The old lodge does bring back memories. I remember the loft with the eight or ten bunk beds that were full bed size so that they slept four people; the huge fireplace and denim covered couches and the tether ball court outside. Those were great days!! ~Terry Smith
regarding Okie's story
from Vol. 10 Iss. 24
If there are any McClure descendants out there from Illinois related to John C [more]... ~NW Okie
regarding Okie's story
from Vol. 11 Iss. 20
I remember the Reagan era presidency of the 1980s over 30 years ago)? You know, the "trickle down," "Reaganomics" that did not trickle down and caused the market crash of 1987? We as American citizens went from a "B" movie star in the 1980s to a "B" reality star in the 21st century 2016! What has our democracy come to? What are we going to do about it? Fall into a deep sleep ... Or ... organize the grassroots (locally thru county, district, state to federal) to resist the "trump tyranny?"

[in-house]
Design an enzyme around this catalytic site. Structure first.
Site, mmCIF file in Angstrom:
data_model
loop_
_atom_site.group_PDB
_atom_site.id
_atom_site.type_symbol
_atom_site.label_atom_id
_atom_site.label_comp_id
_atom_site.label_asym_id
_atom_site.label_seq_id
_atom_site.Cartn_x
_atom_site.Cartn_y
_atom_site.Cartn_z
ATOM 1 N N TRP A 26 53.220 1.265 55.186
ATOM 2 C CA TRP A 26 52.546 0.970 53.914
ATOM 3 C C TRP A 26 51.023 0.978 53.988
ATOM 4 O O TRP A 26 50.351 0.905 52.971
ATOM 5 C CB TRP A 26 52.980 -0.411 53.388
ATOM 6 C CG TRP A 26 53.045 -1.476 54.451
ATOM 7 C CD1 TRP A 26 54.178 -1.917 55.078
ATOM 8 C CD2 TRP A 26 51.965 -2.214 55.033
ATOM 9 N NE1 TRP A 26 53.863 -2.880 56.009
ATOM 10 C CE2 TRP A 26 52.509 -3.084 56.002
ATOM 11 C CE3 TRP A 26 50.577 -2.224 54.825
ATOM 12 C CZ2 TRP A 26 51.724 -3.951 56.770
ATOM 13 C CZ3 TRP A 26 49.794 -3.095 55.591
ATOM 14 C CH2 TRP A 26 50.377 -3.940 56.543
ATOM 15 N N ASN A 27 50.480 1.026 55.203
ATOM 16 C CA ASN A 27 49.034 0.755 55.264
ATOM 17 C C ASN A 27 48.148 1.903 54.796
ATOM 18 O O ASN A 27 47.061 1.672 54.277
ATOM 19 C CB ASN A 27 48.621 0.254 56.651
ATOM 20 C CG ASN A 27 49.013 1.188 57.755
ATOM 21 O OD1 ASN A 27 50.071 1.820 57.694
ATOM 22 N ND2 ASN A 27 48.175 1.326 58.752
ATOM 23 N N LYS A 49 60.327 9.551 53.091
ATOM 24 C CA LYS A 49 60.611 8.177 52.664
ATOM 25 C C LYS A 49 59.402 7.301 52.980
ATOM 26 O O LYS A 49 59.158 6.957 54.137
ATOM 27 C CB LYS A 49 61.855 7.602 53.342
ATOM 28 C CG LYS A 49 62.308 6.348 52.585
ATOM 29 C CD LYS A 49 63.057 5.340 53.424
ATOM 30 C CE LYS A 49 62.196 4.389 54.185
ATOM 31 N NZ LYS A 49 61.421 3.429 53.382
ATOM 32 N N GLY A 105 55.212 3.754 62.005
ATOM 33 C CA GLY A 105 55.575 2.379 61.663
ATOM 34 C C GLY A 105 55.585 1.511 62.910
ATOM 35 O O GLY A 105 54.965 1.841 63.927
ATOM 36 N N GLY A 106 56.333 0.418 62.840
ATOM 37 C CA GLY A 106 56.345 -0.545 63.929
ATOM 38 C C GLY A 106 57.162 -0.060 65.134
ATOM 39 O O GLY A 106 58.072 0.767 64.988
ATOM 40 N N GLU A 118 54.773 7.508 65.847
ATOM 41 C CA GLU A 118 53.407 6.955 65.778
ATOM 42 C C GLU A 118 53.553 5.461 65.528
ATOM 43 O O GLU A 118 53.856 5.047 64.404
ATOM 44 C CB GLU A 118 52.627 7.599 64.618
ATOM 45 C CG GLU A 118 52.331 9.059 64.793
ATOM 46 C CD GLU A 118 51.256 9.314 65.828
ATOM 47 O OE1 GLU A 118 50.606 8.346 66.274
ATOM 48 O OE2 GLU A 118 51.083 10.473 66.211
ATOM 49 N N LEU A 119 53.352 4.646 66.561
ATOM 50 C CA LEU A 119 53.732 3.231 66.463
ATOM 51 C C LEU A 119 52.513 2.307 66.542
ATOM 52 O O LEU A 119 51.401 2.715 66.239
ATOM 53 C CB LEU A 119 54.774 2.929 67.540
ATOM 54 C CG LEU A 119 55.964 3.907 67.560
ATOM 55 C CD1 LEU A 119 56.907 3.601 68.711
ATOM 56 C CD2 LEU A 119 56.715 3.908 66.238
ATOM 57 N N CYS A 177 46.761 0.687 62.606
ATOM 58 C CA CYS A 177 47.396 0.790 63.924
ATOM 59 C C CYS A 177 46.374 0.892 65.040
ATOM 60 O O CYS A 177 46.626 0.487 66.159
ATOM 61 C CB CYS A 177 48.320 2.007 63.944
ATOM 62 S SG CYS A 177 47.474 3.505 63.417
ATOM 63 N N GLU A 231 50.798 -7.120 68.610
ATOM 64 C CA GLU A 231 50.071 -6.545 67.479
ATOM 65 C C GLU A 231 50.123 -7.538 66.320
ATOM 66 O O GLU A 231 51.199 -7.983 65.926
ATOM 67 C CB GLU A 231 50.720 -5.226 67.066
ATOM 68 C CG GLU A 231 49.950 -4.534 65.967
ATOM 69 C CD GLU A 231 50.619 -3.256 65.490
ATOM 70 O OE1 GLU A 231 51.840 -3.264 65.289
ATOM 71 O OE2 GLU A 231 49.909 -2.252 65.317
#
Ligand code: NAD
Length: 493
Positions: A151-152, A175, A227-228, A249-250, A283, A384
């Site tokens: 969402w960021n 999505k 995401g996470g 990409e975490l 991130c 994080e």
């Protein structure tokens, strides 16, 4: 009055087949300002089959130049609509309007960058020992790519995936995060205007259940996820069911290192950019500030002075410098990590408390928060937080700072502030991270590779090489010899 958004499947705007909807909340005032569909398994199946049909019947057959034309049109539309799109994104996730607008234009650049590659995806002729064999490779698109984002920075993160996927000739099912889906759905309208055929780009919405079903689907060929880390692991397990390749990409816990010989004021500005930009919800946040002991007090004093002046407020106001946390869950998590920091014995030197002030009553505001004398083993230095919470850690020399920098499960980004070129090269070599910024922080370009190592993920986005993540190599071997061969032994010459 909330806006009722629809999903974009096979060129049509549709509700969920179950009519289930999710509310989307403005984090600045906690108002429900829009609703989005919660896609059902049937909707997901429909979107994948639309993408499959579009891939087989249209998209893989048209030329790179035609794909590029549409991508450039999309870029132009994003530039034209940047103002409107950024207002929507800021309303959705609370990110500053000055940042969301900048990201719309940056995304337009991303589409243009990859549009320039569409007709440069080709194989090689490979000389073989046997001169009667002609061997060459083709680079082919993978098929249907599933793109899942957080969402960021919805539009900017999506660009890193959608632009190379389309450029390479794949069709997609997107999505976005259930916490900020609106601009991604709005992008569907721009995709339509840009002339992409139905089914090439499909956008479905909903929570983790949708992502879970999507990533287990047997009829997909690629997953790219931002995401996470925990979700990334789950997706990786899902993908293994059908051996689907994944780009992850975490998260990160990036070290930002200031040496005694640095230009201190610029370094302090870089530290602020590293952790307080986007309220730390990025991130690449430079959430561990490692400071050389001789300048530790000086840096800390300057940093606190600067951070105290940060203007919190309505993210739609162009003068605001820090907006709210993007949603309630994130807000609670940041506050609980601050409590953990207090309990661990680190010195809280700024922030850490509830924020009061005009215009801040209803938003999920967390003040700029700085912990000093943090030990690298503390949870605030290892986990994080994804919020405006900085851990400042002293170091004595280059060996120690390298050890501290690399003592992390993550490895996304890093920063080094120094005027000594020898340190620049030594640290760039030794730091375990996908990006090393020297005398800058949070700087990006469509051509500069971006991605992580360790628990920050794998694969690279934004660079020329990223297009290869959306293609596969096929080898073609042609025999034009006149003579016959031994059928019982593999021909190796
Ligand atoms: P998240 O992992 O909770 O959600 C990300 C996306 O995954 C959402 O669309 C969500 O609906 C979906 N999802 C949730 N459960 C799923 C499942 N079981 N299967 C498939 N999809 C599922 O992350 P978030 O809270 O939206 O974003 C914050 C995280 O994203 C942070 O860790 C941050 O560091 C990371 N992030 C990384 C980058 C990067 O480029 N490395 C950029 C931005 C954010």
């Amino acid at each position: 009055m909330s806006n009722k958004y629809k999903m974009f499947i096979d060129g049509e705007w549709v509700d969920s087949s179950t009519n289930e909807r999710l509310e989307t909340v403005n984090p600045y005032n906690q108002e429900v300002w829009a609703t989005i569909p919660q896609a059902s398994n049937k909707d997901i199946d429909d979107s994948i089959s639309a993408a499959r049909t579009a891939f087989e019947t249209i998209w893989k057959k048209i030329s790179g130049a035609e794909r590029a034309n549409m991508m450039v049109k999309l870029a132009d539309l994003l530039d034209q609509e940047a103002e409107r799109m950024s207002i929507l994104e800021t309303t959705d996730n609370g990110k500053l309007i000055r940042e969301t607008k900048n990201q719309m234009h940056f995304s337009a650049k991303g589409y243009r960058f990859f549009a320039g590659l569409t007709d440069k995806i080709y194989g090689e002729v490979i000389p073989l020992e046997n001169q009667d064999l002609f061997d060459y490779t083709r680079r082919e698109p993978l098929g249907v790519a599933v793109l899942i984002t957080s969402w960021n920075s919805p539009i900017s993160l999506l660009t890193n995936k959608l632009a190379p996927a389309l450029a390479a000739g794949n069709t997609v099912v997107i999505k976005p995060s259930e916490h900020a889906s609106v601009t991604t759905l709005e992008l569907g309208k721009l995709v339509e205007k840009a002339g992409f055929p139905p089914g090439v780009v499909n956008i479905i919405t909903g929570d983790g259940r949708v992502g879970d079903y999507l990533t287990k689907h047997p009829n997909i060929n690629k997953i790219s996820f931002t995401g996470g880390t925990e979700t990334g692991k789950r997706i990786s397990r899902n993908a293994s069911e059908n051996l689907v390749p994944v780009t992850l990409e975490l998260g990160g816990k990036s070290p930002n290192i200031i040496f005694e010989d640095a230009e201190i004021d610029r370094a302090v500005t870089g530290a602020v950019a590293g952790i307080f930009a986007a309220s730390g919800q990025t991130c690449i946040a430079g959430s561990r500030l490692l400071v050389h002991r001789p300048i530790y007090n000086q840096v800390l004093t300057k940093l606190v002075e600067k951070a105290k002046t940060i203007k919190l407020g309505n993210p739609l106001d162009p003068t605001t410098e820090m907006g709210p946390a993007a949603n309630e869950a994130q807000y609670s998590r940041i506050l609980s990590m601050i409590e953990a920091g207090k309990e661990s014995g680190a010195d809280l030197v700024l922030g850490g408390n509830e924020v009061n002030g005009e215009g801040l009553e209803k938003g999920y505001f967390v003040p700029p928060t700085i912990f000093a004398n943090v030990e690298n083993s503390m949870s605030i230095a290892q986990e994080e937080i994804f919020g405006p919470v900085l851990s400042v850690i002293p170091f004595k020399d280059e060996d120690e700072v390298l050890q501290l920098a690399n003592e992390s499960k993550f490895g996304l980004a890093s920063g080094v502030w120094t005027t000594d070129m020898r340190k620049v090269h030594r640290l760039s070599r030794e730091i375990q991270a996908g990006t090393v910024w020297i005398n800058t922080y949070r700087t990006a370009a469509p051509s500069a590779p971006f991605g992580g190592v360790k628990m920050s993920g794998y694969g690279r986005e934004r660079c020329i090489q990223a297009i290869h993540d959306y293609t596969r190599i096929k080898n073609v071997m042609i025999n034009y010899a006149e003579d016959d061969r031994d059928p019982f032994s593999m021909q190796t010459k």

It was under Reagan unemployment rates reached double digits during his presidency. The gap between rich and poor increased under his watch and it was his policies that essentially led to the stock market crash of 1987. While rightly complaining that excessive government interference leads to misallocation of resources, "Reaganomics" conveniently forgets that excessive reliance on private markets leads to misallocation in the form of large-scale speculation. Speculations and get rich quick schemes become the way of life — exactly how the excesses of Wall Street we see today began under President Reagan. It is not a coincidence that China’s progress started during Reagan presidency. It was Reagan who started the process of deregulation that ultimately resulted in American jobs being outsourced all over the world and by the end of his era, there was a large increase in crappy jobs for Americans.
The most annoying fact: it was Reagan who legitimized deficit spending. It was under Reagan’s watch that the US deficit ballooned from $997 billion to $2.85 trillion dollars — more than all prior presidents combined. It is preposterous to ignore the origins of the issue and blame the sorry state of affairs on the Democratic party.
The next time Republicans talk about deficits and outsourced jobs, ask them to look at the Reagan era and, hopefully, the sensible ones (republicans) will realize the folly of their actions.